One of this morning’s reports from the EU summit is headlined – “David Cameron fails to cut EU bureaucrats pay and perks“. With the EU budget talks collapsing on Friday afternoon, it appears to be true, at least for now. And it’s a great shame. I know that sentiment will deeply irritate my friends in the EU bureaucracy – some of whom have been emailing me to point out that spending on administration is a mere €6bn a year, which is less than 6% of total EU spending. Even so, there is plenty of waste in the EU budget that could be easily sliced away.
What is true is that one element of Cameron’s approach – which is to suggest a 10% cut in the budget for pay – is potentially too crude. Not all EU operatives are overpaid. Some of the lawyers, for example, have relatively modest salaries by private-sector standards. Rather than an across-the-board cut in pay it would be much more productive to start eliminating entire agencies, functions and perks. This would cut the payroll and the budget, while preserving the bits of the EU that actually do something useful. Here are some candidates for the chop.
The following agencies could easily be shut down, with no net loss to humankind:
1) Cedefop – The European Centre for the Development of Vocational Training. 2) The European Economic and Social committee, whose mission is apparently to serve as a “bridge between Europe and organised civil society”. 3) The Committee of the Regions. 4) The Court of Auditors. (And yes, I know the EU needs to be audited – but why not out-source the job and close the 800 strong court.)
Closing these four agencies alone would mean the EU could bring its head-count down by about 2,500.
There are also plenty of job cuts that could be made elsewhere. The European Commission currently has over 100 officials at “director-general” level – but only 33 director-general jobs. One reason for this is that jobs are often handed out (or created) as part of a political deal, based on nationality. Another is that it is almost impossible to sack people on grounds of laziness or incompetence. The regulations to do this do not seem to exist – and the staff unions are strong.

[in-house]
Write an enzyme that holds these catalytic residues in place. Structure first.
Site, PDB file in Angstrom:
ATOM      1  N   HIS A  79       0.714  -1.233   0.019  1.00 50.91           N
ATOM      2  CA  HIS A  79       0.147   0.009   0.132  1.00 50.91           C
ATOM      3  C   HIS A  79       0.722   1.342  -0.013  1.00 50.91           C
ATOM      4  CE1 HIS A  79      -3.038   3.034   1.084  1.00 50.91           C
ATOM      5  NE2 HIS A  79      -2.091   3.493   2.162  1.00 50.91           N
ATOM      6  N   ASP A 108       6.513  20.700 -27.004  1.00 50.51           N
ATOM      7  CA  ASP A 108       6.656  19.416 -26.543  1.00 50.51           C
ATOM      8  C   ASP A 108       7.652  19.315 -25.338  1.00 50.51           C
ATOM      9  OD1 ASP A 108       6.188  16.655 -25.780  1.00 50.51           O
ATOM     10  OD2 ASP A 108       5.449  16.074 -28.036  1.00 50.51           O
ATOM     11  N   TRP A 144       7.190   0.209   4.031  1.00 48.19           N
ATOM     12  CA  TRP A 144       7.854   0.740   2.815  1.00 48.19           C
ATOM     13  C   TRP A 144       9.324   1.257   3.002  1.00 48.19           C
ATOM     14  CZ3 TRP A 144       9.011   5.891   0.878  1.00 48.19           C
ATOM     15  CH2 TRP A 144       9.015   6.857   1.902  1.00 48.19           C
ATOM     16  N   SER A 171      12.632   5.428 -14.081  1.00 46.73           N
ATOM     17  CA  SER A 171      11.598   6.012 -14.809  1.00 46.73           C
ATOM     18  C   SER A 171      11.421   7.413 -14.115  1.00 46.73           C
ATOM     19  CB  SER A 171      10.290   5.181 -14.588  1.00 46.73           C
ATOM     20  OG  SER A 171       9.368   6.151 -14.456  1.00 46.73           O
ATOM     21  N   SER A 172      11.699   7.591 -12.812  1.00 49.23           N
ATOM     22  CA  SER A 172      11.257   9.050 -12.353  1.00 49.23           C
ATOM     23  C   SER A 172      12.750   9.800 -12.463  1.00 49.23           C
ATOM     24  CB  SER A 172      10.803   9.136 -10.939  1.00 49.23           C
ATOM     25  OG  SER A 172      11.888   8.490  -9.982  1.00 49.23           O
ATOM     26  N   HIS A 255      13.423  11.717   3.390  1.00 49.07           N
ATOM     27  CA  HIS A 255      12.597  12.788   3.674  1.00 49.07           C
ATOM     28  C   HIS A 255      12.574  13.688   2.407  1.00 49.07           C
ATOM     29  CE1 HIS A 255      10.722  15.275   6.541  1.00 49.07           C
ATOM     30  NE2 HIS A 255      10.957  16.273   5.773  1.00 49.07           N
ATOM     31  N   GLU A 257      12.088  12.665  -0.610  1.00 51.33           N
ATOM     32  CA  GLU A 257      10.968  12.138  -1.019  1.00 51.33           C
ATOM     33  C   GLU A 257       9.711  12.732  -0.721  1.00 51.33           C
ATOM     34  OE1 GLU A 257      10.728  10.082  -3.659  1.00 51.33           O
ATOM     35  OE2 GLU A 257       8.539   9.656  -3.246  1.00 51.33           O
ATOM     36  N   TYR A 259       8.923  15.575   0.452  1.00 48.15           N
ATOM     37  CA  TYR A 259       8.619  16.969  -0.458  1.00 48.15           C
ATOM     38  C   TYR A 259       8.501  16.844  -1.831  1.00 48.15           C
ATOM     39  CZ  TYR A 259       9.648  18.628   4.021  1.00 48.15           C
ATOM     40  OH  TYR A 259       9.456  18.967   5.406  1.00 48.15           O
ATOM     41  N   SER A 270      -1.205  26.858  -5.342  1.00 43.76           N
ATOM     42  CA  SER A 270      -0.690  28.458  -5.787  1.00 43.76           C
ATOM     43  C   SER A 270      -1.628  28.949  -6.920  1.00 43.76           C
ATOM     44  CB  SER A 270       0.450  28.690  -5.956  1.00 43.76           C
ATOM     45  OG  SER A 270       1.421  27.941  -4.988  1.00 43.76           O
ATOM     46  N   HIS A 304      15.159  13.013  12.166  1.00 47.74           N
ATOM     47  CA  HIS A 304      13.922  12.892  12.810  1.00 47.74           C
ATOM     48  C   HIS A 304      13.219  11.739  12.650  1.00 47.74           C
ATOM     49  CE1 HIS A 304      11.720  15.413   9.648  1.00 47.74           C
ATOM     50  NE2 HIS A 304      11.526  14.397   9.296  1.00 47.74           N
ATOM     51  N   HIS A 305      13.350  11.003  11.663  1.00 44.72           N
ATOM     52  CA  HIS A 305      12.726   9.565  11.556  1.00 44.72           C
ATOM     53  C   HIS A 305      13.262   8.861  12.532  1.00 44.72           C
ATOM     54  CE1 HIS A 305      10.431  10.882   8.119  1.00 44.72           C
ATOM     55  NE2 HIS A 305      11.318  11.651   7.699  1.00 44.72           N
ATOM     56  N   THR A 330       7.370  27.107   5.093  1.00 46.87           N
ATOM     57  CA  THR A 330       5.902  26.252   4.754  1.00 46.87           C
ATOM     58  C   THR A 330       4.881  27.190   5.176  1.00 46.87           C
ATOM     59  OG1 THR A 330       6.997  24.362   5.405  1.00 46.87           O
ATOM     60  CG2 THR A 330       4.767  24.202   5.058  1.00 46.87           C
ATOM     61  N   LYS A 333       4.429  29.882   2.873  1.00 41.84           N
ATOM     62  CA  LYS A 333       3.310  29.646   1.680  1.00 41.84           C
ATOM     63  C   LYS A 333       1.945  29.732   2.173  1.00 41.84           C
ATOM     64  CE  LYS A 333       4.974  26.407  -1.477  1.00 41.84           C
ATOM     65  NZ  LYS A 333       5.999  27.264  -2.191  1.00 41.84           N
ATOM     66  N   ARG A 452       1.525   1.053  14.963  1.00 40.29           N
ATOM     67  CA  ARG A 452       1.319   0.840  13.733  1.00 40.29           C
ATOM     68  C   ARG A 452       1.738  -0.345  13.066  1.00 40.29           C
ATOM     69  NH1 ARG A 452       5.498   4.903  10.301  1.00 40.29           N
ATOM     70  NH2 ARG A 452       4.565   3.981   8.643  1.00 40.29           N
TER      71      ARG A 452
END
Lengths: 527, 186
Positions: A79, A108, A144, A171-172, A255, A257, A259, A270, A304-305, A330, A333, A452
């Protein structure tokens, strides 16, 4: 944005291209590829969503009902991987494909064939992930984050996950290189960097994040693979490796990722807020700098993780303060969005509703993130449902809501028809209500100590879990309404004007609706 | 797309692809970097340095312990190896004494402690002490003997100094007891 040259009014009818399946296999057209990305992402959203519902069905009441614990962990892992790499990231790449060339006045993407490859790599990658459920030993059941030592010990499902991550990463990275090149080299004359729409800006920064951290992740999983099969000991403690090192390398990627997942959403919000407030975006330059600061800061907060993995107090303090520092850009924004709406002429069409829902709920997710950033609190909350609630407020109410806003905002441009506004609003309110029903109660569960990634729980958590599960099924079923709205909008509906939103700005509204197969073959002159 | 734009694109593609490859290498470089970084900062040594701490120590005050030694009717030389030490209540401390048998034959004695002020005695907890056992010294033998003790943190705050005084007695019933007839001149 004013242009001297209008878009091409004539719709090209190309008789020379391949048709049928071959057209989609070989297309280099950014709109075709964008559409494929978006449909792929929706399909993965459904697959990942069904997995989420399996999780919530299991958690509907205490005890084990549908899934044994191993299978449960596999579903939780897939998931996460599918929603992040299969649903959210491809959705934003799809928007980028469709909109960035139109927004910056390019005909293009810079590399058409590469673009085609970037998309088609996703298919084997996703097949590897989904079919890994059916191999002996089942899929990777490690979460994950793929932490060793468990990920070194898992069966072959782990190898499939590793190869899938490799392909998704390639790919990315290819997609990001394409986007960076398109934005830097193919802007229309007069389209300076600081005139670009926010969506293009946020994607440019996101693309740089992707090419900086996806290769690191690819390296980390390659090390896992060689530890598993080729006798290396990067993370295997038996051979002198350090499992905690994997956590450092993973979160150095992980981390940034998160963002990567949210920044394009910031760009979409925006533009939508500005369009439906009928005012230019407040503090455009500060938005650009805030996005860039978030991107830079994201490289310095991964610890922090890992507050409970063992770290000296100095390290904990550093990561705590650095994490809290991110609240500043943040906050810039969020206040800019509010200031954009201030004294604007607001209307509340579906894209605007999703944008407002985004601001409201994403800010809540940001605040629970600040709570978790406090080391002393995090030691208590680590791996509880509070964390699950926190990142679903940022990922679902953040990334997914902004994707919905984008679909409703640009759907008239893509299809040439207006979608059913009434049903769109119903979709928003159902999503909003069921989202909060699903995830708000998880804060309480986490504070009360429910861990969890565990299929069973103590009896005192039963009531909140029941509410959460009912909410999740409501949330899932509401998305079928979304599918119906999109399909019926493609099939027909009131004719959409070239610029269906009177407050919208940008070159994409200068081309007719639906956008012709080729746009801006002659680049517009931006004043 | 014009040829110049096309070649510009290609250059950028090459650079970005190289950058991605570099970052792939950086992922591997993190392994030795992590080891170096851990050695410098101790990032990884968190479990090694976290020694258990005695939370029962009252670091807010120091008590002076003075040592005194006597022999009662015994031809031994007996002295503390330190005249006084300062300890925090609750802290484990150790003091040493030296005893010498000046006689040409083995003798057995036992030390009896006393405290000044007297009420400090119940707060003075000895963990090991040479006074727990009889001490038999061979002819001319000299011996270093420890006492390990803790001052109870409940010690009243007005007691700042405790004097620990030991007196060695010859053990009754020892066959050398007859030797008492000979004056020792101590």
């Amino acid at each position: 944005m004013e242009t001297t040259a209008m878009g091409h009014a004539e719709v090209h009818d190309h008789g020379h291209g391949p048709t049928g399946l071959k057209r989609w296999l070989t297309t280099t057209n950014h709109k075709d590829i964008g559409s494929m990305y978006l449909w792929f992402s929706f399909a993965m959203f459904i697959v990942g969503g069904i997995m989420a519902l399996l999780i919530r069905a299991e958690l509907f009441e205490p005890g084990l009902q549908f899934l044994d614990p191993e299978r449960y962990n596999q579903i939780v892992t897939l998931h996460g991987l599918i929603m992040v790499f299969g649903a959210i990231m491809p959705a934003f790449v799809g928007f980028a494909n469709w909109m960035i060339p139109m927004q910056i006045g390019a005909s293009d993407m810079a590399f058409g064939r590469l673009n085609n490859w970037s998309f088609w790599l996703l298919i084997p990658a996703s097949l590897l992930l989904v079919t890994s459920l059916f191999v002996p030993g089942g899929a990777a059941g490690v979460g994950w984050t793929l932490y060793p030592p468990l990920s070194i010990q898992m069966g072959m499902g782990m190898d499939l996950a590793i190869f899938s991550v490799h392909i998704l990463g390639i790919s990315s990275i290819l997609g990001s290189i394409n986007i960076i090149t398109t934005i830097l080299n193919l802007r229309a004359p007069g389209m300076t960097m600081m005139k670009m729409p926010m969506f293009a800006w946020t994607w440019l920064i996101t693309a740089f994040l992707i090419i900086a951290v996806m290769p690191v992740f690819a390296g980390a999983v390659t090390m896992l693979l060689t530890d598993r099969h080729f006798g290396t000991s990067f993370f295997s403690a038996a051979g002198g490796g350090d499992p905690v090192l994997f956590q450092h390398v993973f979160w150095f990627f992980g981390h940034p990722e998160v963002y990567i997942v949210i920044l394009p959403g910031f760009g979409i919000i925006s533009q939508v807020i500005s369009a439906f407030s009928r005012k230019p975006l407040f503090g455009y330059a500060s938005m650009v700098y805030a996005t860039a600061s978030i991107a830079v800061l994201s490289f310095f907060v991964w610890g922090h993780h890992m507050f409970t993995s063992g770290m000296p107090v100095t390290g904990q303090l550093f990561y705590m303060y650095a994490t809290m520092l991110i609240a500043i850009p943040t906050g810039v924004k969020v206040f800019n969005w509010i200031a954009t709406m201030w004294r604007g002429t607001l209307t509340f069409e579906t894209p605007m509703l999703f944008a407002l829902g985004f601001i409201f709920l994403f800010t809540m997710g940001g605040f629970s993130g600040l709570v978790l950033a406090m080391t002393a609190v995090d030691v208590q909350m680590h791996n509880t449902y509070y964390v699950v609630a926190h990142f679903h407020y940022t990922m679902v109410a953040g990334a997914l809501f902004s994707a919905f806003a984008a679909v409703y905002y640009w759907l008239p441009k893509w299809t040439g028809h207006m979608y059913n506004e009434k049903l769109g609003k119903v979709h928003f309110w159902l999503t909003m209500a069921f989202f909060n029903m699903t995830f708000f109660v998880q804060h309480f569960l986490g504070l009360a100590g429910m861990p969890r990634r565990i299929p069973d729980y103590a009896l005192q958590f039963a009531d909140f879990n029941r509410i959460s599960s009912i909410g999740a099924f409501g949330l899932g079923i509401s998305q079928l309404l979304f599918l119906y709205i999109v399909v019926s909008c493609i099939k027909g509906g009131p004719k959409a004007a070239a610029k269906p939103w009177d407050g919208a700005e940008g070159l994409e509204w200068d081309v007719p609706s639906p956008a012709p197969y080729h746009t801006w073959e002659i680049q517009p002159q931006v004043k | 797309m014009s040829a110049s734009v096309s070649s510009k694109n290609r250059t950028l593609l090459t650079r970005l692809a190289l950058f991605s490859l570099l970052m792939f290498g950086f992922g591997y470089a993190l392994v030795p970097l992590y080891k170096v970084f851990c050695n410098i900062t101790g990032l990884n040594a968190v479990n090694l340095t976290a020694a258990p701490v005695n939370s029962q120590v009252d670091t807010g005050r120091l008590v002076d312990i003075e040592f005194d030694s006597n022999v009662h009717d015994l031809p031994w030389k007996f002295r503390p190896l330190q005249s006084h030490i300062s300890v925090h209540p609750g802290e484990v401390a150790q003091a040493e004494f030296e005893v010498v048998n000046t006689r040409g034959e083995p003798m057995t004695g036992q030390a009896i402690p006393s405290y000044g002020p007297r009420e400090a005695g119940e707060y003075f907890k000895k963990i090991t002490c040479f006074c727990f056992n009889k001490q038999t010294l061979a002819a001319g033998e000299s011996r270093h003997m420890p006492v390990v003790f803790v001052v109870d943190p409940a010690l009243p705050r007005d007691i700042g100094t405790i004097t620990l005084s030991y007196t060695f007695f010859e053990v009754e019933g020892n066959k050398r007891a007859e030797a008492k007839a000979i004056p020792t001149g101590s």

As a result, one of the main mechanisms for getting rid of useless EU officials is to pension them off on grounds of “disability”. I well remember when I used to live in Brussels, an extremely spritely parent, who was often to be found at the school gates. He had stopped working in his fifties, on the grounds that he was “disabled”. He was a nice chap and lived comfortably on his EU pay-off, and had taken up painting execrable water colours. Part of the problem is that, in settling disability claims, the EU does not make proper distinctions between serious illness and other “disabilities”.
Chauffeurs and cars are another area to look at. Every judge at the European Court of Justice has one. Why?
Then, there is pensions. Cameron is arguing for an increase in the retirement age to 68. That is arguably a bit high – although Italy and Greece have just done it. What is harder to argue with is that the expectation that people should be able to retire on 70% of their salary is now outdated. There is almost nowhere in the private sector where that applies any longer. Another common complaint I remember from my time in Brussels was from Commission officials who said that they were bored out of their skulls, but they couldn’t risk changing jobs because they could never replicate the Commission’s pension arrangements anywhere else. Perhaps it is time to change that?
Finally, there is the notorious Strasbourg run. To humour the French, the European Parliament maintains two huge parliament buildings – one in Brussels and one in Strasbourg. Moving the entire parliament to Strasbourg for one week a month costs hundreds of millions of euros a year. Even many people in Brussels are outraged by the expense and the inconvenience. Yet, so far, it has proved impossible to end the practice because Strasbourg’s role is written into the European treaties. The French have a veto over change, as they do over cuts in the single biggest budget item (which has nothing to do with admin) – the Common Agricultural Policy.
So next time you hear that all this clamour about EU waste is just terrible Eurosceptic nonsense, please be a bit – sceptical.